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81 articles

Front step fracas: why would a doctor’s office impede wheelchairs?

I’m supportive of almost all efforts to improve the accessibility of public spaces and commercial buildings to those with access and functional needs.  Whether blind, deaf, mobility impaired, or some other characteristic that impedes one’s ability to get around in situations that 95% of us take for granted, I’m hard pressed to find much to

Jones Point Virginia: where two states diverge in a wood. Take the retrocession less traveled.

Many years ago, I met up with a friend in Belgium who took me to the nearby Dreiländerpunkt, where Belgium, Netherlands, and Germany converge, with boundaries lines vaguely resembling the logo for Mercedes-Benz.  How appropriately German.  The glories of the Schengen Agreement have, since 1995, eliminated the fortified boundaries that straitjacketed these small countries for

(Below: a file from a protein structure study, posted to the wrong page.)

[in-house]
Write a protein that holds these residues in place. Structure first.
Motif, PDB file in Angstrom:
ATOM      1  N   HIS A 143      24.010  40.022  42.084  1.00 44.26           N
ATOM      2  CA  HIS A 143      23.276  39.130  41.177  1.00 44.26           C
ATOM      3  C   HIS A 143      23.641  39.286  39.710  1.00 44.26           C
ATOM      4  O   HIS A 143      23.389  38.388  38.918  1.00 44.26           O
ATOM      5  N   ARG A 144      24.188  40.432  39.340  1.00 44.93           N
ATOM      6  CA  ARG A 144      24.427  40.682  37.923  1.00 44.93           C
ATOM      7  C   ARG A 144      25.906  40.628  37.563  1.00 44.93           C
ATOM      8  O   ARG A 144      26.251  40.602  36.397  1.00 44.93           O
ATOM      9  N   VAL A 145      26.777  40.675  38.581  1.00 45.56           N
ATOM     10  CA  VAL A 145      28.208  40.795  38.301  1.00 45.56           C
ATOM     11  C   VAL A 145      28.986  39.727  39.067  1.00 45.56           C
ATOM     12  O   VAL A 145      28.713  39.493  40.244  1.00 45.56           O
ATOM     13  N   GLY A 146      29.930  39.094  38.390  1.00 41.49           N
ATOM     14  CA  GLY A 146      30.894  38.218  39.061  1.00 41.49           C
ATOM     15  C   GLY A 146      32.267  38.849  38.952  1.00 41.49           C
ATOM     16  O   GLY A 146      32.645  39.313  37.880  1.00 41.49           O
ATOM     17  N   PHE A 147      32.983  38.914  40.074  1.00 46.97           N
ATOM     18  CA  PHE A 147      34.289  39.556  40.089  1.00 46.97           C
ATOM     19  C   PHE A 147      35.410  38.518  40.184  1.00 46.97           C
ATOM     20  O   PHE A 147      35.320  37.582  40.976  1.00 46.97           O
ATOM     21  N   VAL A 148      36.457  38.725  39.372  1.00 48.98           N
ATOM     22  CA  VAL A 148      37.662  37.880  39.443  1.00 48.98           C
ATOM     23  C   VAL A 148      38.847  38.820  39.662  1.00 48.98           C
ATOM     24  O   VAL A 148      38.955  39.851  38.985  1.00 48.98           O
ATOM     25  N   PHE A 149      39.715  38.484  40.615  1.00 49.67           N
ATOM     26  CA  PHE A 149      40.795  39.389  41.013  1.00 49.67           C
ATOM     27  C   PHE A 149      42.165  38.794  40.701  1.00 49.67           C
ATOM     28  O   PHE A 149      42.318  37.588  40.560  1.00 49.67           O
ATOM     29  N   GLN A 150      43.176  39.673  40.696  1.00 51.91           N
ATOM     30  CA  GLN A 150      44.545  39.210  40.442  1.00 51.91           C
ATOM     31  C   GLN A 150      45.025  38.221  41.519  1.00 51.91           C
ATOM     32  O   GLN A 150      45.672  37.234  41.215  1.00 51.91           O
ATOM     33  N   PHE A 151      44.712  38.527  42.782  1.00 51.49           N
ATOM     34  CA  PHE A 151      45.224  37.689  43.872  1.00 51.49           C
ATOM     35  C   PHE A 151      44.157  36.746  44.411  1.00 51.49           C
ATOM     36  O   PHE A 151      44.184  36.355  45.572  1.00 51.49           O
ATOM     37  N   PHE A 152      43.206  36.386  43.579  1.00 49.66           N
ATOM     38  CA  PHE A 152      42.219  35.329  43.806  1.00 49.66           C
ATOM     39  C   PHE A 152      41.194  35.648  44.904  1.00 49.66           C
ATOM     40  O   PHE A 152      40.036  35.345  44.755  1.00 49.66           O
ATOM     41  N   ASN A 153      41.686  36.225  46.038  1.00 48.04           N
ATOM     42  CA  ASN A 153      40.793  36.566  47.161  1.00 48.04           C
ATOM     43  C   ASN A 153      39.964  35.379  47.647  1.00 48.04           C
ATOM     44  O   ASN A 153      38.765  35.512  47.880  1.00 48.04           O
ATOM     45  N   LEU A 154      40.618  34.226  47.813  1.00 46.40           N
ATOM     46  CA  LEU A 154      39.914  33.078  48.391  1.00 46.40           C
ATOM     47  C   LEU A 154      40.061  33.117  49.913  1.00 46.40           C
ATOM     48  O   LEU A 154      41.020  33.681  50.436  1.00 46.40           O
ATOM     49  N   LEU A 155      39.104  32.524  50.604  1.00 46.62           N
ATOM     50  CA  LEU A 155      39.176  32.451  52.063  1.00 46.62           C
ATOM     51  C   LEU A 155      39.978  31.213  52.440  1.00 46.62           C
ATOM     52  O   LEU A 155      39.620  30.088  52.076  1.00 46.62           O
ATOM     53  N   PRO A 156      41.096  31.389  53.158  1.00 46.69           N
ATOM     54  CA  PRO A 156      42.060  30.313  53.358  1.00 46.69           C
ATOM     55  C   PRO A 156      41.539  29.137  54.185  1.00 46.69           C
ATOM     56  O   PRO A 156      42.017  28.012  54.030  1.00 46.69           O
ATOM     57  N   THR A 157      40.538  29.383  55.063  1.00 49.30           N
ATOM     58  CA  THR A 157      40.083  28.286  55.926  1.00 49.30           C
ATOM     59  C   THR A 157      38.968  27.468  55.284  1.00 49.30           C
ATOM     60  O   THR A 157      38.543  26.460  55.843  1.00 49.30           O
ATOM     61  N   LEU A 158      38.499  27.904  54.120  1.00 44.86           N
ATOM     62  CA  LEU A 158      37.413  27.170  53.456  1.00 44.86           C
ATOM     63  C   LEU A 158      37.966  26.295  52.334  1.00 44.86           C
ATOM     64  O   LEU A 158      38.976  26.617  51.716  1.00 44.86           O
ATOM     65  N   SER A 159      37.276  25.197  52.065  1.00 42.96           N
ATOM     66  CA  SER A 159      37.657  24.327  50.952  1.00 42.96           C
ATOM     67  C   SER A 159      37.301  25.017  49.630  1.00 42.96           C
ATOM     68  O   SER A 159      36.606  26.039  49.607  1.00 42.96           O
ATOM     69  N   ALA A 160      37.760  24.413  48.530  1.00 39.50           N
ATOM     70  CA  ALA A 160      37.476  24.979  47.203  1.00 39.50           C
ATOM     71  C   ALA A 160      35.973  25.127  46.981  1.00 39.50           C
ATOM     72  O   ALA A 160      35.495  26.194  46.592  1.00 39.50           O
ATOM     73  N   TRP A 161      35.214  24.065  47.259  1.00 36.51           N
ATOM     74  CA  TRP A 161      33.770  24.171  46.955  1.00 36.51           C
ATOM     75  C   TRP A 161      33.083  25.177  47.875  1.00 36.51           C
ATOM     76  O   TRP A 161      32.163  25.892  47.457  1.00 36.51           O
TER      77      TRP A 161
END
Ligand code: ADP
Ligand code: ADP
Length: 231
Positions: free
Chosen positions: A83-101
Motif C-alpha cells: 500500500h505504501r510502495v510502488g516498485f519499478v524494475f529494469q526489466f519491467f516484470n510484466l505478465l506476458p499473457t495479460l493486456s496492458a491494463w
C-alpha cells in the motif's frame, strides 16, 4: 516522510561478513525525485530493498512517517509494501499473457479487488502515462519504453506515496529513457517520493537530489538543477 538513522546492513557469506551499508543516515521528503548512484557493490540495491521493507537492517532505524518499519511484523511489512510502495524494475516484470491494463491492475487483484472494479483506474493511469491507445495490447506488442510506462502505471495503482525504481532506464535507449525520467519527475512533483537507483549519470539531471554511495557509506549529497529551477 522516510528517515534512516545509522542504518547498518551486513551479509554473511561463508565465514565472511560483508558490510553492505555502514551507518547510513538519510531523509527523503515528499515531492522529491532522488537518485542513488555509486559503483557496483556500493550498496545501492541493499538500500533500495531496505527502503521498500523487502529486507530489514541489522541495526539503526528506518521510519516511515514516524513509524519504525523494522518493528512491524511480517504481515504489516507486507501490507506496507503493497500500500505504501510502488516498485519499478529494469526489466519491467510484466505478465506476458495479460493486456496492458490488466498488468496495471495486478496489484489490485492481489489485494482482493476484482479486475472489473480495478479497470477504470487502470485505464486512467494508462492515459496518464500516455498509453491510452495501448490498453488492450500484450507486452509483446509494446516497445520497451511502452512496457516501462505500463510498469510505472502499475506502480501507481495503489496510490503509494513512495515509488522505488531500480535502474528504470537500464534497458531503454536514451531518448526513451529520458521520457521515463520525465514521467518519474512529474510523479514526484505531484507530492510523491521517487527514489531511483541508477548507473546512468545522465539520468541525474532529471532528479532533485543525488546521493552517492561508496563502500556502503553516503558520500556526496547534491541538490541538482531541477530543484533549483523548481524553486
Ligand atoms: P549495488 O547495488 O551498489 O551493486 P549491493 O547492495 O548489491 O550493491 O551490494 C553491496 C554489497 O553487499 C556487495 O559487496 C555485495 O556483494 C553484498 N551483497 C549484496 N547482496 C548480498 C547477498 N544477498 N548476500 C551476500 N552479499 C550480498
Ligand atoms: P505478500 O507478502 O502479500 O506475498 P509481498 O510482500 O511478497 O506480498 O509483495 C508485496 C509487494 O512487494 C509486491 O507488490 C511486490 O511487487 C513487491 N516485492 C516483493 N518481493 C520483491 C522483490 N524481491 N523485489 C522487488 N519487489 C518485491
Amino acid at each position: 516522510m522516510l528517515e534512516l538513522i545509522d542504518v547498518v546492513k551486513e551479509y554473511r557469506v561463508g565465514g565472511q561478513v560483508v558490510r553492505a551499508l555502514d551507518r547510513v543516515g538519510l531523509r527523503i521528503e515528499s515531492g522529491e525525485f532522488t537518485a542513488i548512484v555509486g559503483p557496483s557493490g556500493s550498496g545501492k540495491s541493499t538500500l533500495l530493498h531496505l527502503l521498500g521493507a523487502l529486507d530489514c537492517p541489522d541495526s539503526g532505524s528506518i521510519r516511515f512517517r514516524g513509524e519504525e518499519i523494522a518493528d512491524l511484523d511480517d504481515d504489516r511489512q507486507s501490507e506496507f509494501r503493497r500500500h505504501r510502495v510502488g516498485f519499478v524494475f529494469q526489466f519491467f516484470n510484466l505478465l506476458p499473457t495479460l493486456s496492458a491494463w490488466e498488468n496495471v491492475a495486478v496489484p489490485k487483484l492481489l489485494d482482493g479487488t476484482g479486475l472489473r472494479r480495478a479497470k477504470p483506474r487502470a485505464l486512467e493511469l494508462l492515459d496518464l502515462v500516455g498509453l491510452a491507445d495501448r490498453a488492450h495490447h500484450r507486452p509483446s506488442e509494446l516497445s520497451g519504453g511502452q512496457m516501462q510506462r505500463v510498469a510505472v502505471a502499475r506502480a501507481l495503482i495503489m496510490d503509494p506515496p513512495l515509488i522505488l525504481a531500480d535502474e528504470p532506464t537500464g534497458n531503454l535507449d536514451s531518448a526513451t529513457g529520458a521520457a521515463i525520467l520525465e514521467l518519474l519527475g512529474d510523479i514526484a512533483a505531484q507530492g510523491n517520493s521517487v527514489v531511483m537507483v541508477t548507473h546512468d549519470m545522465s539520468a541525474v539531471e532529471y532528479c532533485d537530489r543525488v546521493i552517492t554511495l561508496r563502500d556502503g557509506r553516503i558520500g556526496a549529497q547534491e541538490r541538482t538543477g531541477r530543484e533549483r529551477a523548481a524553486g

Temporary outdoor seating: bringing pep to parking lots when indoor dining was too risky.

I think the majority of Americans would at this point would agree that, in most respects, day-to-day urban life has deteriorated since COVD-19: higher costs to everything, escalating crime, visible vandalism, irregular cleaning and maintenance, and—perhaps this is just me (but probably not)—a general malaise that is either a cause or the effect of those

Directional arrows in excess: the squires’ turf wars cause serfs’ confusion.

“Too many cooks…”  It was an aphorism decades before it became a cult short film–maybe even centuries.  We all know how it ends.  And we can all think of examples.  After thirteen years at the helm of this blog (American Dirt is finally a teenager!), I had to use my website’s own search function to

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